Colfax County, New Mexico, Place Names

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ABBOTT. Also Called New Abbott. Town on NM 56/412 and intersection with state road 39, 19 miles east of Springer, near Abbott Lake. named for Horace C Abbott, who became the first postmaster. Post Office 1881-1963. In 1936 a number of the settlers moved to a location called "The Forks", at the junction of NM 58 and 39. Abbott formerly called Sauz. Map

ABEYTA and VASQUEZ LUMBER MILLs - One, 4 miles from Catskill. Process 15,000 feet of lumber daily. The second shortly up the creek, about 12 miles from Catskill, p.211.

ABREU. Former settlement on the Rayado River, 20 miles west of Springer. Named for Jesus Gil Abreu who married Petrita Beaubien on October 26, 1859 and  acquired 20,000 acres from her father for his ranch. The family sold the ranch in 1911 after his death. Waite Phillips bought it in the 1920's and donated 35,857 acres to the now Philmont Scout Ranch. Ghosttowns map, Abreu Canyon map, Abreu cemetery map, Old Abreu Camp map, New Abreu Camp map.

ADAMS LAKE. A small lake covering about 2 acres of land near Cassel Rock and Ash Mountain. Named for a prominent family of the vicinity. Map

AGUA FRIA. "agua fria" Spanish for "cold water". A small community between Taos and Eagle Nest, at the junction of US64 and state road 434. Post Office 1924-1934. Map 1, Map 2

AGUA FRIA PEAK - Altitude 11,000 feet. near the village of Agua Fria. The Agua Fria Rito rises near Agua Fria Mountain and forms Cieneguilla Creek to empty into Eagle Nest Lake. Map

AHOGADERA - According To William Kelleher's book on the Maxwell Land Grant (p.90), there was a sheep herder who ran 800 or 900 into a stream and the sheep drowned. The place was called ahogadera spanish for drowning place. The people who later settled there did not like the name, met with Judge Bransford who called it "San Francisco".  See San Francisco Mesa. The Colorado Circuit Court documents dated January 25,1886, p126, of US vs Maxwell Land Grant, mention Ahogadera in discerning the boundaries of Chicorica Mesa "the northern part is known as 'the Raton' ' the Ahogadera' or 'San Francisco mesa'; yet it is clear that the last two names are later than the date of the land grant."

ALMA - Spanish for soul.The post office was established in 1888 to 1926. Near the barren top of Baldy Mountain. Area was known for easy picking placer gold deposits. Many mines spring up about 1866. See BALDY. Ghostowns.
AMERICAN CREEK - Flows into Cieneguilla Creek in the Moreno Valley south of Eagle Nest. Map ; Cow Camp map.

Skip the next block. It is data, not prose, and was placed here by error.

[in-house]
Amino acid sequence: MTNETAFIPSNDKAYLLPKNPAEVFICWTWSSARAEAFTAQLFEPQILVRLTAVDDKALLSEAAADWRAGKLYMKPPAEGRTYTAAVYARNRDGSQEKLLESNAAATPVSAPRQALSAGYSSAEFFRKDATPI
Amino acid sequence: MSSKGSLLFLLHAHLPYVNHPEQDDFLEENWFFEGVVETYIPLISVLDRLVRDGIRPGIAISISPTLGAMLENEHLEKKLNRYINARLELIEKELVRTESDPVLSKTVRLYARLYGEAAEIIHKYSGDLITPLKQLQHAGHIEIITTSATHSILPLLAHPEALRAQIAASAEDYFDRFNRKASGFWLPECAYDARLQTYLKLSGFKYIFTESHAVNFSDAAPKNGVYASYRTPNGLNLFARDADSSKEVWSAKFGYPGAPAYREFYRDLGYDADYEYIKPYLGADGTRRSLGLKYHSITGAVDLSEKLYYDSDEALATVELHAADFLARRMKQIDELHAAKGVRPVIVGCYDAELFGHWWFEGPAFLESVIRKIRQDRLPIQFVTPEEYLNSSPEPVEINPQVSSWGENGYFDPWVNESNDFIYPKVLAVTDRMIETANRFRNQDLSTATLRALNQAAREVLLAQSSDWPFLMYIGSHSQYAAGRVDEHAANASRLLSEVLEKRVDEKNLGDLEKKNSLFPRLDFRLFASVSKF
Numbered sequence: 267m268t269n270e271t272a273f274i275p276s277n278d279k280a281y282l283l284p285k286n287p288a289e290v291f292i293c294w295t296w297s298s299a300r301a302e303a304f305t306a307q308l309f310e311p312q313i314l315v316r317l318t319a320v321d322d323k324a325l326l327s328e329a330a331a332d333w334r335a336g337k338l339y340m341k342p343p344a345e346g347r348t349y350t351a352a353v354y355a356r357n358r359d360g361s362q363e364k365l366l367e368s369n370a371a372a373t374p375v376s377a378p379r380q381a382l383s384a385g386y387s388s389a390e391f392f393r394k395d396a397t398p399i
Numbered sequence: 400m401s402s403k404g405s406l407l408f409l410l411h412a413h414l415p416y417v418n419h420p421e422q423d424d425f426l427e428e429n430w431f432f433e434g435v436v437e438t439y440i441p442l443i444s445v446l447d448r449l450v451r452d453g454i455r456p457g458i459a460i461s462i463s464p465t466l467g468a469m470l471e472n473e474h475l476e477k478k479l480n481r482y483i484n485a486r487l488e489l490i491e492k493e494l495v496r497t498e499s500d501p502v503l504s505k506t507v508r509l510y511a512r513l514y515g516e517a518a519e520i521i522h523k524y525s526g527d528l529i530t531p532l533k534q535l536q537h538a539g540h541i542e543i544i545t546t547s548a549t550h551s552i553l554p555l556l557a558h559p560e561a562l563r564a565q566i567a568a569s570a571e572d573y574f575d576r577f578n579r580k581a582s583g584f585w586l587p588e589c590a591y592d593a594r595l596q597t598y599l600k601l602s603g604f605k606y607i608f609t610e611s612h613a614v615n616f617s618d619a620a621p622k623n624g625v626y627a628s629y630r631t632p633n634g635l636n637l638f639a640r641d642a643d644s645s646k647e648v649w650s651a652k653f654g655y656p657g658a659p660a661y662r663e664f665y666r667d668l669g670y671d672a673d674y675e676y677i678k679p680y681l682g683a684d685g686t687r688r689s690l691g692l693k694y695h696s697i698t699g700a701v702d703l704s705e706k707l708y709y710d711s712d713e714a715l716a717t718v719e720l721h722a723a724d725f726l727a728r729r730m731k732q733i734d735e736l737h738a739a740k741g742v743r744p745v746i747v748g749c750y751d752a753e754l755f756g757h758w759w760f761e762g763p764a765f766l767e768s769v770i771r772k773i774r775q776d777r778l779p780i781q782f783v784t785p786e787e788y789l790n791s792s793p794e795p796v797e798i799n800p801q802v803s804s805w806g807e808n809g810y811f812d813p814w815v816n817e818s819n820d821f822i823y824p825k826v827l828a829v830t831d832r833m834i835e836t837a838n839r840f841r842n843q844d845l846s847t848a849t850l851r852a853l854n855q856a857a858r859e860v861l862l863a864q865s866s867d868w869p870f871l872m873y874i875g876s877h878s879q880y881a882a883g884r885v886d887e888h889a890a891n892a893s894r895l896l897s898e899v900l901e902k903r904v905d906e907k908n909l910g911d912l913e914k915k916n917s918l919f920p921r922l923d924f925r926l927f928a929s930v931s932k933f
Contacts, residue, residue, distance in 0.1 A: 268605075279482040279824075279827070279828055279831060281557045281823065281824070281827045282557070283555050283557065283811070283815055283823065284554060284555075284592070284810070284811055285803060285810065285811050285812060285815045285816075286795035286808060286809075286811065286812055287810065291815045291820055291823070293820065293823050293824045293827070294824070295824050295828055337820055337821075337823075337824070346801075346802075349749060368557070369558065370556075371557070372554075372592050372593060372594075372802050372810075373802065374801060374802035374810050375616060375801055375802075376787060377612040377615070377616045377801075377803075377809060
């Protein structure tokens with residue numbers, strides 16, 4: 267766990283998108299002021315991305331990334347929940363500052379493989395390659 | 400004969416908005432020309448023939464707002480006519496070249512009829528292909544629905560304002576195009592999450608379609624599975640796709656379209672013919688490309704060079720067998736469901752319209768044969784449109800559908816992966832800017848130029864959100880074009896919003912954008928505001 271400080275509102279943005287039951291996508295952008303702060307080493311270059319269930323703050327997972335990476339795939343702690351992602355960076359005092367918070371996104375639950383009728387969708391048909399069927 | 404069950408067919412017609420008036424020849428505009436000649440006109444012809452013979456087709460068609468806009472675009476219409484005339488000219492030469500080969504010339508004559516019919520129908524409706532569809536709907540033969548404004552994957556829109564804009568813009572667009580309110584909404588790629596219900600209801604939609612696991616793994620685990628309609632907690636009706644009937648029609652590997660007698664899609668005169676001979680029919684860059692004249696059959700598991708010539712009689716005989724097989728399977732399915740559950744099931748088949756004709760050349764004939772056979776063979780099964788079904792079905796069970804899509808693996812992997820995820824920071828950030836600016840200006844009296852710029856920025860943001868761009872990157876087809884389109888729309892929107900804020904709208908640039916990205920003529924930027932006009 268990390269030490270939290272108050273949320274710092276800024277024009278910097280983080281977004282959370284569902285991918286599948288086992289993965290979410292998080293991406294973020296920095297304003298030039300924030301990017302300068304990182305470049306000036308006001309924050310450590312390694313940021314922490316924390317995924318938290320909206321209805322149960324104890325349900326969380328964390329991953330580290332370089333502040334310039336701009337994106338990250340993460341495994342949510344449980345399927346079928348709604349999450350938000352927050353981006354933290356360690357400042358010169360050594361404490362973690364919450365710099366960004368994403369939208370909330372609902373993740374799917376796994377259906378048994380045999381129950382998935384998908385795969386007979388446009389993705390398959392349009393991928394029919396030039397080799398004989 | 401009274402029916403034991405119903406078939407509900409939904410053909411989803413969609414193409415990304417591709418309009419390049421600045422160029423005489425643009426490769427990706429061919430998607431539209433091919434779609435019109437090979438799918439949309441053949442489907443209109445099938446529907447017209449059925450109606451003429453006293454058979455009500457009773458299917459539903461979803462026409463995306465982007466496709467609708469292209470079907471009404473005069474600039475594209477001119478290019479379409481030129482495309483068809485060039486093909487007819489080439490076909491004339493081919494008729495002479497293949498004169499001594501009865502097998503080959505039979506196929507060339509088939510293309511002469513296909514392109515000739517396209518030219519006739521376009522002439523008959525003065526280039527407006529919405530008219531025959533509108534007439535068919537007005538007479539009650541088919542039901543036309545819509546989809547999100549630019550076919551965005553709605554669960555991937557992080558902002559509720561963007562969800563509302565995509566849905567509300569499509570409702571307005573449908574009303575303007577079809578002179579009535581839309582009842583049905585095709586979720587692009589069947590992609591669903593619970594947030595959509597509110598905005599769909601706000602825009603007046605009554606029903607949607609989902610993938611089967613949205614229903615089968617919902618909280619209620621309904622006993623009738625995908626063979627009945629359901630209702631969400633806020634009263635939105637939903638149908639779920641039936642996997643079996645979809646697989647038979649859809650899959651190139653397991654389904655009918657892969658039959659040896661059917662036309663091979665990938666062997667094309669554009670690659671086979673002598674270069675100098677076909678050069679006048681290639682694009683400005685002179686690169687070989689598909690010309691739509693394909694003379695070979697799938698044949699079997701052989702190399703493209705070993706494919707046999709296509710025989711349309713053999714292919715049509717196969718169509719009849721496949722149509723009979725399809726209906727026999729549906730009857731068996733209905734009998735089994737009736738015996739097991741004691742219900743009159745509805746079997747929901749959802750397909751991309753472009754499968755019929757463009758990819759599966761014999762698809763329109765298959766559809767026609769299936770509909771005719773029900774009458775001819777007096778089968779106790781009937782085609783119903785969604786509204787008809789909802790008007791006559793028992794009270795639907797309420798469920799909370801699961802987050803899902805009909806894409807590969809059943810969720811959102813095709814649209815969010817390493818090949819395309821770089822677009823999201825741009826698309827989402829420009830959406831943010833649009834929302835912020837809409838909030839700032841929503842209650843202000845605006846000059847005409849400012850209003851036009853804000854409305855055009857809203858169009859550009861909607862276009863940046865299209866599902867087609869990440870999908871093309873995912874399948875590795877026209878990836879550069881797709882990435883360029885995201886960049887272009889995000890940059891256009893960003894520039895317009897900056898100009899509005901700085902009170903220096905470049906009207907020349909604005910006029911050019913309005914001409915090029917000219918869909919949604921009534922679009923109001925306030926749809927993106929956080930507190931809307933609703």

ANGEL FIRE -  7 miles north of Black Lake; 15 miles south of Eagle Nest off US 64; 27 miles east of Taos. A recreation area, resort.  Village web  siteBackground,  Map

ANTELOPE MESA - West of Cimarron, south of 64. Map
APACHE - Post Office1877-1882; mail to Chico Springs. Apache Creek (stream) map; Apache Peak (summit) map; Apache Springs Camp (locale) map.

ARCH REDD CANYON - A valley with an elevation of 7,848 feet. The 1900 US Census shows Arch Redd living in Catskill with his wife and one of his two sons. Map , satellite view,

ARMS - Post Office 1879-1880. First postmaster, Henry M. Arms.
ASH MOUNTAIN -  3 miles east of Taos County line on the Rito Leandro, in the Maxwell Land Grant. Map

AURORA - 6 miles north of Ocate, also known as Martinez. Post Office 1902 to 1921.

AZTEC MINE - Owned by Lucien Maxwell. Gold discovered in 1866. During the first four years, this mine produced $1 million in gold. Map, Aztec Extension Mine Map.

BALDY, BALDY MOUNTAIN - Peak is so named because of the absence of timber on the rocky summits. Settlement 5 miles northeast of Elizabethtown. Post Office also known as Alma, 1888-1926. In 1897 Baldy had 200 inhabitants, a school, church, 12 mines, 4 stamp mills, a telephone line, blacksmith, barber, justice of the peace, store, stable, and many saloons. A little rubble remains. The 10,098 acres including the summit donated to Philmont Scout Ranch by Norton Clapp.  Wikipedia, Photos, Ghostowns, Map, p10, photos p11; p.216-7;  

BARELA MESA - On north boundary of Colfax county. Named for Don Casimiro Barela, born in 1847 (Mora, NM) a prominent lawyer and Senator, of Trinidad, Colorado., in the 1890's. He served in the Colorado Senate for 32 years. He was unanimously elected interim President of the Senate. He actively pursued helping  The New Mexico Territory and energetically participated toward its statehood.  Map

BARTLETT MESA - North of Raton at the Colorado state line. Named for Charles Bartlett, an Illinois surgeon, and the  founder of the Bartlett Estate in Vermejo Park in 1906. Map
BEAR LAKE - There are two in Colfax County: 1. West of Eagle Nest Lake. 2. East of Black Lake, southeast of Angel Fire, northwest of Ocate and Halls Peak, in the Cimarron Range. Map

BEAVER CREEK - Flows into the upper Rayado River in the southwest corner of Colfax County. Map

BELL - On state road 72, 16 miles east of Raton, and 11 miles sooutheast of Yankee., on Johnson Mesa.  Settled by a group of dissatisfied miners from Blossburg, who went to Johnson Mesa to farm. Named for Marion Bell, leader of the miner and railroad settlers. Once boasted five schools. Remains are some deserted farm buildings, a cemetery, and a church. There was a general exodus in 1918 due to a flu epidemic, severe winters, and difficult conditions. First postmaster, Alonso S Bell. Post Office, 1891-1933. Map, Best Ghost Towns p.57,  

BEN THOMPSON CANYON - Perhaps named for the famous gunslinger and gambler, Ben Thompson, known to have spent time in this area. Map

BIG DITCH - A system of flumes that brought water to Elizabethtown from the Red River, 41 miles away. Although the Big ditch cost $200,000 to build, it resulted in $2 million in gold. Also known as he Elizabethtown ditch. page 67.  


BLACK HILL - There are 2: 1.North of Chico and Farley, off state road 193 and county road A8. Map 2. South of Chico and est of Farley off state road 193 and point of Rocks Road and county road c-51.Map